Roman Vishniac | 3 mins | Russia/USA | 1967
A silent tour of Roman Vishniac’s laboratory.
Roman Vishniac Roman Vishniac (1897 – 1990) was a Russian-American photographer, best known for capturing on film the culture of Jews in Central and Eastern Europe before the Holocaust. Vishniac was a versatile photographer, an accomplished biologist, an art collector and teacher of art history. He also made significant scientific contributions to photomicroscopy and time-lapse photography. Vishniac was very interested in history, especially that of his ancestors, and strongly attached to his Jewish roots; he was a Zionist later in life.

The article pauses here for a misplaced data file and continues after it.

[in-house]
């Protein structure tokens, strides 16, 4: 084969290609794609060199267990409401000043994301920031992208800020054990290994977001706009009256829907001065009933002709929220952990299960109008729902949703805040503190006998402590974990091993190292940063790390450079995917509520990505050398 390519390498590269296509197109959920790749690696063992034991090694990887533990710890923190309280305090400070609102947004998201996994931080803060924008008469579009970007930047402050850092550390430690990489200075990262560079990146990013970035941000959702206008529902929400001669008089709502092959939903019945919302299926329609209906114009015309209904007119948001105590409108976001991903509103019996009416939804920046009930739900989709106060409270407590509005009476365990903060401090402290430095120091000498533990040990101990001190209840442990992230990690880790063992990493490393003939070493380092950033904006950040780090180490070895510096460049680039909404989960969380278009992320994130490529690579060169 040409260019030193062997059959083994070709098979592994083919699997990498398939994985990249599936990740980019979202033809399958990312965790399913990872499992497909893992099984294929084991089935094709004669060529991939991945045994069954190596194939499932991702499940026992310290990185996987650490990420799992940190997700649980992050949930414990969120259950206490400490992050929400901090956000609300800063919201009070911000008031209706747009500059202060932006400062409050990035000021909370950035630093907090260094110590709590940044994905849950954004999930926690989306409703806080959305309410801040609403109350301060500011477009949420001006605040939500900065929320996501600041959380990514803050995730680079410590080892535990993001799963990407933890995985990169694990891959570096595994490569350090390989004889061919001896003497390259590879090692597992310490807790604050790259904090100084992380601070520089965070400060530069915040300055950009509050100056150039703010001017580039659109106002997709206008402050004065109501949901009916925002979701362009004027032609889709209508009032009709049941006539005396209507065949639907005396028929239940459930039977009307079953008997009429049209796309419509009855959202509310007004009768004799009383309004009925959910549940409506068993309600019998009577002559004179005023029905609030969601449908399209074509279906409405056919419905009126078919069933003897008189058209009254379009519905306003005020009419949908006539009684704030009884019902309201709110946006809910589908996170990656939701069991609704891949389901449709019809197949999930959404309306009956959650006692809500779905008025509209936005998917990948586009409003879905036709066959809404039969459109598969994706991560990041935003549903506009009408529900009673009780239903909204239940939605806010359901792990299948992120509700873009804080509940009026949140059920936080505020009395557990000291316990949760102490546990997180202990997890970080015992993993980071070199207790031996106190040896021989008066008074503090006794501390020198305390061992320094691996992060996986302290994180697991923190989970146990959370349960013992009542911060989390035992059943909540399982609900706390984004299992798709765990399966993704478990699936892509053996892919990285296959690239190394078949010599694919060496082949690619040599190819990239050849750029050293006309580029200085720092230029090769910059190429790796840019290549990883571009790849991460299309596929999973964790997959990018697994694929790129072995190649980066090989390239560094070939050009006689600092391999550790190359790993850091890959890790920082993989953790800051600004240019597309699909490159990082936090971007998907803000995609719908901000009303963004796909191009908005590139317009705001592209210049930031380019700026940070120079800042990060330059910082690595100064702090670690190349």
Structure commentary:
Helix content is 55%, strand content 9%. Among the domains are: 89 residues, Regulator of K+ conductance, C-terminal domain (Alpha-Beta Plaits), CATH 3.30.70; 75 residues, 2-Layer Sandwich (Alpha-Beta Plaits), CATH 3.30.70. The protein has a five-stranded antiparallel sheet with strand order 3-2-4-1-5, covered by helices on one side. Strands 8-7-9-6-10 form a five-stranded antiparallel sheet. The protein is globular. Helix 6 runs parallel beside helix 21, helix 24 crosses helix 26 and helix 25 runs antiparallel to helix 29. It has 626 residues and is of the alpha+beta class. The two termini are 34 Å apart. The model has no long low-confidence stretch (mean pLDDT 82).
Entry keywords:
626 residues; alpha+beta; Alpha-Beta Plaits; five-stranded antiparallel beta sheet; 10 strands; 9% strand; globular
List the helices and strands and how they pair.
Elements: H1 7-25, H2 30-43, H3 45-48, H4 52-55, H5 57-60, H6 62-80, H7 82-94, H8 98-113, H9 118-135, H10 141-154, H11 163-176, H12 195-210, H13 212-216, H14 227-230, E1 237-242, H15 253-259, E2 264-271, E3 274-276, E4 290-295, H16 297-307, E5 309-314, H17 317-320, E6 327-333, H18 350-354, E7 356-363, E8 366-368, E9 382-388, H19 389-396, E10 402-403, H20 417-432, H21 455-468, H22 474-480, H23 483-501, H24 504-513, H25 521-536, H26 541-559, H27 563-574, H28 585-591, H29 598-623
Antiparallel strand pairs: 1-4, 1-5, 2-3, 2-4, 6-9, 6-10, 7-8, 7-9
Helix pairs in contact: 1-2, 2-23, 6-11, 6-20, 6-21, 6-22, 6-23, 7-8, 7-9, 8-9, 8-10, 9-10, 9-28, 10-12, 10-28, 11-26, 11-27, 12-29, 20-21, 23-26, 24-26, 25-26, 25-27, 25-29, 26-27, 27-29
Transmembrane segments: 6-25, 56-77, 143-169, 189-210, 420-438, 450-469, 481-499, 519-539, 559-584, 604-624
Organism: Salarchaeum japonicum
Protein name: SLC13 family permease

As a child, Roman Vishniac was fascinated by biology and photography, and his room was filled with “plants, insects, fish and small animals”.On his seventh birthday, he got a microscope from his grandmother, to which he promptly hooked up a camera, and by which he photographed the muscles in a cockroach’s leg at 150 times magnification. Young Vishniac used this microscope extensively, viewing and photographing everything he could find, from dead insects to animal scales, to pollen and protozoa.